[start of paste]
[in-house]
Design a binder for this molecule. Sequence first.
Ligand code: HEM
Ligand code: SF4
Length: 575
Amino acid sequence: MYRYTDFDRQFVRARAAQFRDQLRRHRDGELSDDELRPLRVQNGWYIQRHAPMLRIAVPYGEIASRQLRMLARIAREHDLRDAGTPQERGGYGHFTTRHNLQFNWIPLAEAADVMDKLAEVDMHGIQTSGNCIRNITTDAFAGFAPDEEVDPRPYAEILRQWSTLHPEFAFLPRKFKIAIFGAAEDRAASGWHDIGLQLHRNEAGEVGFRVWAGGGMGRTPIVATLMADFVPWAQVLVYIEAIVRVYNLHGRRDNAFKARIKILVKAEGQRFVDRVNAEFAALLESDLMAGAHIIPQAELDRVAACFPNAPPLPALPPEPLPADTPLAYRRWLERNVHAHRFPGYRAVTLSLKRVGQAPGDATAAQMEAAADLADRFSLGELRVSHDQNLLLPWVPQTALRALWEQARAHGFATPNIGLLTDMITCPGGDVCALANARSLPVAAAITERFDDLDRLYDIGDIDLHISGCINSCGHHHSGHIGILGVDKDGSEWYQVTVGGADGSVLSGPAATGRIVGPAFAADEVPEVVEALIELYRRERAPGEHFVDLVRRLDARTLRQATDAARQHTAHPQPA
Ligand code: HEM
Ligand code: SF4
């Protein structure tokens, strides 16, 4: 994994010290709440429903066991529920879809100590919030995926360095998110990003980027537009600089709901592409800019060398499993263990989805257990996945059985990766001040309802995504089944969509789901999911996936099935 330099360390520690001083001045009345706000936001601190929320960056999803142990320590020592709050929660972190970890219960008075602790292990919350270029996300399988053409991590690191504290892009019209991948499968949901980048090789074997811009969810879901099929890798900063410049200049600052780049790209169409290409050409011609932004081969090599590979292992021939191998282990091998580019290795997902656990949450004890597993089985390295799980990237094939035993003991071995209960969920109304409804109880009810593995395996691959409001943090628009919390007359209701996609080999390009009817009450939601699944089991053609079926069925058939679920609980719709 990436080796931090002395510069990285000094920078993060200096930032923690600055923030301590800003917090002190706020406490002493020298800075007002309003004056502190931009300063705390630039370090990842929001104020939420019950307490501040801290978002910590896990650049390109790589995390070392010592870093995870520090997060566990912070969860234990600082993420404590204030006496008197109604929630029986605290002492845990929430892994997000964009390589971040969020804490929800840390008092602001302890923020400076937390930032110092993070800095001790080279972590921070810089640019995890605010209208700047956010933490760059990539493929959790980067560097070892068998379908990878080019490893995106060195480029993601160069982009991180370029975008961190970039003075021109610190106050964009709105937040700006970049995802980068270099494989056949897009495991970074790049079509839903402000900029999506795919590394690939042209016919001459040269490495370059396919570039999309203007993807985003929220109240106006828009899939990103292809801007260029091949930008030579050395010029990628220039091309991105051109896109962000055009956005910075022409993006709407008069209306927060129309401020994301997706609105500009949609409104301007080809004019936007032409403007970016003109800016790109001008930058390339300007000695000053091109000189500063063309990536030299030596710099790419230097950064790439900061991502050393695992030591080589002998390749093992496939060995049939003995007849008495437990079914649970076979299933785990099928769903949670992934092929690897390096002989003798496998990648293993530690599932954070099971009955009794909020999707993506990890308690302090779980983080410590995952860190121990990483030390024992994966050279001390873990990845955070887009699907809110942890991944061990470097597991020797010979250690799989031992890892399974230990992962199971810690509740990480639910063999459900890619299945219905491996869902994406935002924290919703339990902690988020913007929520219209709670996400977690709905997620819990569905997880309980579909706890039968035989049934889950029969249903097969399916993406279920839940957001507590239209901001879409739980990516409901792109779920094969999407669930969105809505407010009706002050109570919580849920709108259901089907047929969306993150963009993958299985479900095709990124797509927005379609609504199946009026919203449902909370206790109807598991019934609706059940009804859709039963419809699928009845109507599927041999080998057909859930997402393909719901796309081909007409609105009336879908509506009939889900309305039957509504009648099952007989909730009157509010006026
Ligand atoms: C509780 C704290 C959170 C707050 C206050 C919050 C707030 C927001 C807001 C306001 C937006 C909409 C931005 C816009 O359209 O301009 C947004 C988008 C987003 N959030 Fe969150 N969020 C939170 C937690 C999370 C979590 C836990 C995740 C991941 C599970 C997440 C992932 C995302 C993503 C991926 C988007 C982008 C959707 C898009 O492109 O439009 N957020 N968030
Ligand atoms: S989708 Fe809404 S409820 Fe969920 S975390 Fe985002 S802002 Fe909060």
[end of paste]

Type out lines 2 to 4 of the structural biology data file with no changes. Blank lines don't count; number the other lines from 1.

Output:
Design a binder for this molecule. Sequence first.
Ligand code: HEM
Ligand code: SF4